WARNING: This story contains intergenerational trauma for indigenous people and pregnancy loss
Eddie Betts has called on each AFL club to implement external reviews into their respective cultures to figure out whether there are more indigenous players who have been mistreated across the league.
Betts said he’d been left saddened but unsurprised by an explosive report which detailed the horrific allegations of multiple indigenous players at the Hawthorn Football Club during former coach Alastair Clarkson’s tenure.
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The 35-year-old has been outspoken on racial issues throughout both his playing and post-playing days, and said the implementation of an indigenous liaison officer at each club from last year was a significant first step for the league.
Betts added that he would “always” believe the players involved and “the brothers”.
”It was a tough read, but I wasn’t surprised to be honest,” Betts told Fox Footy’s AFL360.
“As aboriginal people, we face these issues in many systems. In the education system, the justice system, the housing system, and it always comes back to what I’ve been preaching a lot, and that’s education.
“This could happen at any club. If Shaun Burgoyne was at that football club and it slid under the table then (with him) as a leader … this could happen at any football club.
“Every football club should come out and do an external review, contact the past indigenous players and see how it was.”
Betts said he knew one of the players whose alleged experience was detailed in the ABC report, and said he planned to reach out to the player to thank him.
“I’m just going to tell him how brave he was and thank you for speaking up and bringing this awareness to everybody because if he hadn’t brought it up we wouldn’t be going through this,” he said.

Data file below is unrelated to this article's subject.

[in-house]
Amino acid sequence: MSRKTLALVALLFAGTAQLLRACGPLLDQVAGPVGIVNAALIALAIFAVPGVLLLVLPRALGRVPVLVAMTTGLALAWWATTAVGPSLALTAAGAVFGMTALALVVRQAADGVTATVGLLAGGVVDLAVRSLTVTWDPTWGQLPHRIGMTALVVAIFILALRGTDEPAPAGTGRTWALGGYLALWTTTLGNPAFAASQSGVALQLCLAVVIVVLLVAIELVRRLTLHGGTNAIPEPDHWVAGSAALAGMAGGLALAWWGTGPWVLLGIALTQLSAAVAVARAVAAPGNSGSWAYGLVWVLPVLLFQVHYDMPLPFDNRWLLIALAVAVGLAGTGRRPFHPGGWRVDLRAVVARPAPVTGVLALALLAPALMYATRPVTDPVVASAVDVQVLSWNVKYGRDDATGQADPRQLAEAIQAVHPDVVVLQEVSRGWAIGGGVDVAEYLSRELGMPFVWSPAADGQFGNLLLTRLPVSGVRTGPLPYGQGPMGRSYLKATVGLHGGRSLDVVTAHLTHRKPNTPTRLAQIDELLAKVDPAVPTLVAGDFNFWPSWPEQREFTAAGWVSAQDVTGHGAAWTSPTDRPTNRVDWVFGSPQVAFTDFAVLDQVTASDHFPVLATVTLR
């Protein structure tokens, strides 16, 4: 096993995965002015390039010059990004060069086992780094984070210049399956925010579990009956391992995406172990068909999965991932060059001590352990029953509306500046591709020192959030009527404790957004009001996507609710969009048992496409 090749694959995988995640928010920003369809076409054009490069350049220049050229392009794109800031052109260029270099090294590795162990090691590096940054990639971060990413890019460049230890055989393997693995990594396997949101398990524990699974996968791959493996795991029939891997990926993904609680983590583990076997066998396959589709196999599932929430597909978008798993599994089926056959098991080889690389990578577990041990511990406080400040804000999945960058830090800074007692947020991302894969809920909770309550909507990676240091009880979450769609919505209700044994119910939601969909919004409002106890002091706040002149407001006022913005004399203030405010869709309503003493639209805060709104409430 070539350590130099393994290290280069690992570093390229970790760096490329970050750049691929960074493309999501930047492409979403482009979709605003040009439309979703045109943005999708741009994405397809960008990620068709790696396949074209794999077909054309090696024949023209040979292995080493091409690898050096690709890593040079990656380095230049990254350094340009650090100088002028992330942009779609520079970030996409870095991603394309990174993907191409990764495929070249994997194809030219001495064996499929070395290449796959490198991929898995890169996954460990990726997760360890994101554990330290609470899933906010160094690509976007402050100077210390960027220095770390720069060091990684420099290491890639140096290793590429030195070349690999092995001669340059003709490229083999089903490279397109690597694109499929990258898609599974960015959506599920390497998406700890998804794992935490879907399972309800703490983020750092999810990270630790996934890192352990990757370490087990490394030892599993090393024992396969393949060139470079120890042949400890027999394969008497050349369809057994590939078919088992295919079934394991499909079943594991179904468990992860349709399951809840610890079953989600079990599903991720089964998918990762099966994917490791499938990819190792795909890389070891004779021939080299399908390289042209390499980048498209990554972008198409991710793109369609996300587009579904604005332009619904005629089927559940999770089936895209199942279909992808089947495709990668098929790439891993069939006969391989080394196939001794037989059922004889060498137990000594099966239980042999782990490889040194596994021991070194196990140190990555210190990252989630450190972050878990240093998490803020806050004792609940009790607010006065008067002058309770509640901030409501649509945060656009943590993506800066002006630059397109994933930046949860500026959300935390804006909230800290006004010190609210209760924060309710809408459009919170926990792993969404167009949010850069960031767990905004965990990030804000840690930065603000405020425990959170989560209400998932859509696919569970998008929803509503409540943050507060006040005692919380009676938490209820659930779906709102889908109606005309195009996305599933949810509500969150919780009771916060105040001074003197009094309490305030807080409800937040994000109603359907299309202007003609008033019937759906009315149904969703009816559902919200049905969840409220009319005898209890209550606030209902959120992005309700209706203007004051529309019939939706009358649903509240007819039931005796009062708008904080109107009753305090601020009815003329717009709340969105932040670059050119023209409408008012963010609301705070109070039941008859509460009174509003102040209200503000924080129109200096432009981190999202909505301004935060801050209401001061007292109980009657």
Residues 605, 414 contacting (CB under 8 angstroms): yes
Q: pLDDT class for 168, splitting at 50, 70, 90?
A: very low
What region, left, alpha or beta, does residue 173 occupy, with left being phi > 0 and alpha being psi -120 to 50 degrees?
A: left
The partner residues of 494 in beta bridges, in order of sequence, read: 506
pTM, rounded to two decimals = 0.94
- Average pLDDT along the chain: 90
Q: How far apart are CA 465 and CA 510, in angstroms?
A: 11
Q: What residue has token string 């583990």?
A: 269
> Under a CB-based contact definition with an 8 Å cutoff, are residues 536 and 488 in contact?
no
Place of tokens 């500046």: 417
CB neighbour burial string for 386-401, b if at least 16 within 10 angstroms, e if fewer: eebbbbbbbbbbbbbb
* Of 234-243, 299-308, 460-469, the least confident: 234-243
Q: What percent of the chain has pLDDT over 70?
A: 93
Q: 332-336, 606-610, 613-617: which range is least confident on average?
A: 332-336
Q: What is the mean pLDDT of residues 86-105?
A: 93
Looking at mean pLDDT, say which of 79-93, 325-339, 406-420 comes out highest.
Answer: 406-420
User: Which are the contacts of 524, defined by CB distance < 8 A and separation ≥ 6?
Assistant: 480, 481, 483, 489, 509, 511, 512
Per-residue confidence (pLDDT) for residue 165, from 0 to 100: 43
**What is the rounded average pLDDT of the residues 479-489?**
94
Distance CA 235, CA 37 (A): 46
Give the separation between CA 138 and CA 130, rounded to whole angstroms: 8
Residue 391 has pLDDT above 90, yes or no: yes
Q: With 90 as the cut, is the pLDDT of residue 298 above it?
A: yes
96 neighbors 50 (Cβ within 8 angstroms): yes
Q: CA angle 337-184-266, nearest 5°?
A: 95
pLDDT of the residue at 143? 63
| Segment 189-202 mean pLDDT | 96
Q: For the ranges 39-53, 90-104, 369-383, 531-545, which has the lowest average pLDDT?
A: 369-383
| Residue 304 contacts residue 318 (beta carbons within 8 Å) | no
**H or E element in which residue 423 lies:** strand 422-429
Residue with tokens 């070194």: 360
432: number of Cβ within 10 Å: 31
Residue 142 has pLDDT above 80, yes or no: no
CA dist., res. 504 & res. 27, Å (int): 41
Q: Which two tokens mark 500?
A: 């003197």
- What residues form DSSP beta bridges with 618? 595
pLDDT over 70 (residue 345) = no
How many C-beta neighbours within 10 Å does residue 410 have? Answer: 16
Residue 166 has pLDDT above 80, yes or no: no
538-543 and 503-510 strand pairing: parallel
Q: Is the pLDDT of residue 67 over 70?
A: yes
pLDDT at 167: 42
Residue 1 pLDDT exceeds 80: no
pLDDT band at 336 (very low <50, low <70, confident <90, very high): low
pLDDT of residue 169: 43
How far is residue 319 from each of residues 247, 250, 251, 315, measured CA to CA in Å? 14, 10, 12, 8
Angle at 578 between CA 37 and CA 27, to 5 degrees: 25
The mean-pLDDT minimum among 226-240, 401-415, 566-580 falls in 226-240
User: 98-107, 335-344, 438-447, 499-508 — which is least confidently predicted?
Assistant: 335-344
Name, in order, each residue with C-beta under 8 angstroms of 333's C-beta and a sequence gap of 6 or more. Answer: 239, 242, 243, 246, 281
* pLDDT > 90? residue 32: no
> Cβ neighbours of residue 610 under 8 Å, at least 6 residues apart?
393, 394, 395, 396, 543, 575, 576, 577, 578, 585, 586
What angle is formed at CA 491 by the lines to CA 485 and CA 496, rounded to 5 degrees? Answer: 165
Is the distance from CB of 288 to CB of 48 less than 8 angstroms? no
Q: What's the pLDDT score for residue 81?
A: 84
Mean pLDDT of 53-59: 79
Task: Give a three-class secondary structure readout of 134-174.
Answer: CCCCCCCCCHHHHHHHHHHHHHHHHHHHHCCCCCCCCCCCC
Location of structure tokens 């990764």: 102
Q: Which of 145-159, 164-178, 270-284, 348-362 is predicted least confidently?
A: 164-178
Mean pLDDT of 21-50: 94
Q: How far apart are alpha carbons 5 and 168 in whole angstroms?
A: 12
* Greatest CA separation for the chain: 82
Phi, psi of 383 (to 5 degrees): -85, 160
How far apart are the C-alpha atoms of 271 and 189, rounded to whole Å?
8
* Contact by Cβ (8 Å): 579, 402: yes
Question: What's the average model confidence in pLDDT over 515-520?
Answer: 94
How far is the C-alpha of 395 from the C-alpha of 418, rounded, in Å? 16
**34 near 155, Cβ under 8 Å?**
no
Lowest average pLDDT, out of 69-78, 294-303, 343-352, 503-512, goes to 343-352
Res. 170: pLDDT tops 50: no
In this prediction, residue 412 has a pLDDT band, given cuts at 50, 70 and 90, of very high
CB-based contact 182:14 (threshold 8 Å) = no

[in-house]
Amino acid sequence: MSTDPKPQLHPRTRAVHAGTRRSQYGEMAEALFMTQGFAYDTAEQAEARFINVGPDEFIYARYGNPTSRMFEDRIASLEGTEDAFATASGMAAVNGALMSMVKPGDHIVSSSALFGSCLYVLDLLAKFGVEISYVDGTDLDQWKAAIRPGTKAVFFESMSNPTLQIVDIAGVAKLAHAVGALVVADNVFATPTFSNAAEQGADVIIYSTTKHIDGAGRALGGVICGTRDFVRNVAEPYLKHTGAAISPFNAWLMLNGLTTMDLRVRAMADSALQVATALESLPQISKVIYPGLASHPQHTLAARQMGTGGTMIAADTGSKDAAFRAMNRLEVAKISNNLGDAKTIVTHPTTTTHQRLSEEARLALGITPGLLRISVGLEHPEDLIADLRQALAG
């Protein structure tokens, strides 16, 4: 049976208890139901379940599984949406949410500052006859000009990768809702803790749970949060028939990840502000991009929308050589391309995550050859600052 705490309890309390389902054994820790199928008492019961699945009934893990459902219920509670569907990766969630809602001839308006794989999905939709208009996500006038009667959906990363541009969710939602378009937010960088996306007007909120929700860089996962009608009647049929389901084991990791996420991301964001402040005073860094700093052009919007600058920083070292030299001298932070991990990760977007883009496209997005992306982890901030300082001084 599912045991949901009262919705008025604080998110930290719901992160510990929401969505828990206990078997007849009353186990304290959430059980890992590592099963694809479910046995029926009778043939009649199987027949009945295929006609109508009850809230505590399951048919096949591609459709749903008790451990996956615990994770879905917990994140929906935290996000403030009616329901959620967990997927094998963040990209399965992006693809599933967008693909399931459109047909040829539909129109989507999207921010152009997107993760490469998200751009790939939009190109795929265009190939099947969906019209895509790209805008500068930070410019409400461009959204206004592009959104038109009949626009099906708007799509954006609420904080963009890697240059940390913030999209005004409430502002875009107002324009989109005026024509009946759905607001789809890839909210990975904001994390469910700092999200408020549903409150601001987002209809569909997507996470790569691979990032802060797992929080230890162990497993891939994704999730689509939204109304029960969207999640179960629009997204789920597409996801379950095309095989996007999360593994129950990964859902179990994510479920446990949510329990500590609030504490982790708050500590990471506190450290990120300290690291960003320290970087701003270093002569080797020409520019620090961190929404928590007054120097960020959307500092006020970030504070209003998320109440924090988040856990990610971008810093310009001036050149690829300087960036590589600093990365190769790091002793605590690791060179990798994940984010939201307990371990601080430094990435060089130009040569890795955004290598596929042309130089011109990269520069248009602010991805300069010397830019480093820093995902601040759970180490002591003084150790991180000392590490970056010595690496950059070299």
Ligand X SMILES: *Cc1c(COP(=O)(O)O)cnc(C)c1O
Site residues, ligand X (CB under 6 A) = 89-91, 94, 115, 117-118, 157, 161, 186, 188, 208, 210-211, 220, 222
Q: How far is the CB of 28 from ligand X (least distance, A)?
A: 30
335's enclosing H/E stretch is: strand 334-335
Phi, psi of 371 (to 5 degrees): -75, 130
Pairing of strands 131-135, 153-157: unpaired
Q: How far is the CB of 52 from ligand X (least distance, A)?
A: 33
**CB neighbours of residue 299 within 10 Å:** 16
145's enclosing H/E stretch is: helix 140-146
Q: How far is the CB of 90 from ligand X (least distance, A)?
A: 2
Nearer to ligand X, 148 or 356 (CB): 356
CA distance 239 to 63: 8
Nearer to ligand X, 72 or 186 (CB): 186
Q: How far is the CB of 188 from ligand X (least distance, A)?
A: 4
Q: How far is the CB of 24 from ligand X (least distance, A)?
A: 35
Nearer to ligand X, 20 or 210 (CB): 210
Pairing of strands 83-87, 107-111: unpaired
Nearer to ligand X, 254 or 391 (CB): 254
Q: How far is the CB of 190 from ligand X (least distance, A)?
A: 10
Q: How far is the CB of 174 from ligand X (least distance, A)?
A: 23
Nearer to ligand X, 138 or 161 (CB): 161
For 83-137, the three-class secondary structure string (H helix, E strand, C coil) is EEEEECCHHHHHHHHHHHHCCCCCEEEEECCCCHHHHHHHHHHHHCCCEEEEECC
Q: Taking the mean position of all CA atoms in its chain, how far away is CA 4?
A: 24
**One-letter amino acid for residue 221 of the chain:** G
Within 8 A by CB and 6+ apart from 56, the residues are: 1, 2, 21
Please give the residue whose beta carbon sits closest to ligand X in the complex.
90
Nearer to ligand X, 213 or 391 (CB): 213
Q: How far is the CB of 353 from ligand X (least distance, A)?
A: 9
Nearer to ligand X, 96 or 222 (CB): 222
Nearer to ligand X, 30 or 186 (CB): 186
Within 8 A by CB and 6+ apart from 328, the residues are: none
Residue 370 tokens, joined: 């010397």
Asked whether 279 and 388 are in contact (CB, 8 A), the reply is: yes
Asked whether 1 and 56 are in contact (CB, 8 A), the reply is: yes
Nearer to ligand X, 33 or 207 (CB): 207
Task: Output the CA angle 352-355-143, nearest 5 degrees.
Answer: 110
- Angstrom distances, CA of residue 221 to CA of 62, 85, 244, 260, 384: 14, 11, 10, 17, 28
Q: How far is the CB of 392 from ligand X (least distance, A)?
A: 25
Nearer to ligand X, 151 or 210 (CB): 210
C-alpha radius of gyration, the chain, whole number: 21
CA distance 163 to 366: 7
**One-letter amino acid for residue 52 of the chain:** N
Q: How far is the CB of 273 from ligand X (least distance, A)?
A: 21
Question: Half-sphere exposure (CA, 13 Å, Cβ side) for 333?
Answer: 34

Betts said specific allegations mentioned in the ABC report had reminded him of the stolen generation, something his maternal grandfather had been subjected to.
“It was kind of like that (the stolen generation),” he said.
“My mum’s father was a part of the stolen generation, he was taken away from his kids and he’s told us stories about how that felt and how he was, and it’s kind of close to that in a sense.
“It was really, really sad to read.”
Even after an unbelievable AFL career, Betts explained how he still faces racism in his day-to-day life, and touched on the impact of each incident.
Betts claimed he’d been asked to leave a public swimming pool recently while carrying his child after an elderly white couple in the vicinity had made a complaint to lifeguards.
“I honestly don’t feel like I belong here, but my wife keeps driving into me and telling me, ‘Out of anyone, you should feel like you belong here the most because this is your country’,” he said.
“But because I keep facing these issues, I don’t feel like I belong.”
Former Hawk, Jordan Lewis, who spent the entirety of his time at the club under Clarkson, said he and other players felt like they’d let down the players involved.
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”It’s upsetting sitting here today and talking to ex-teammates, indigenous and non-indigenous, and we all feel the same: we all feel like in some little way we may have let them down,” he told AFL360.
“To a man, no one had ever heard anything like this happening in our time there. The alleged conversations that have happened to those individuals, we as a playing group were never privy to those.
“It’s clearly disturbing if these allegations are true … when it should’ve been a safe environment.
“They were kids at the time, and to be going through something so traumatic and to be offered advice from people who may not have been medical professionals I think is disturbing.”
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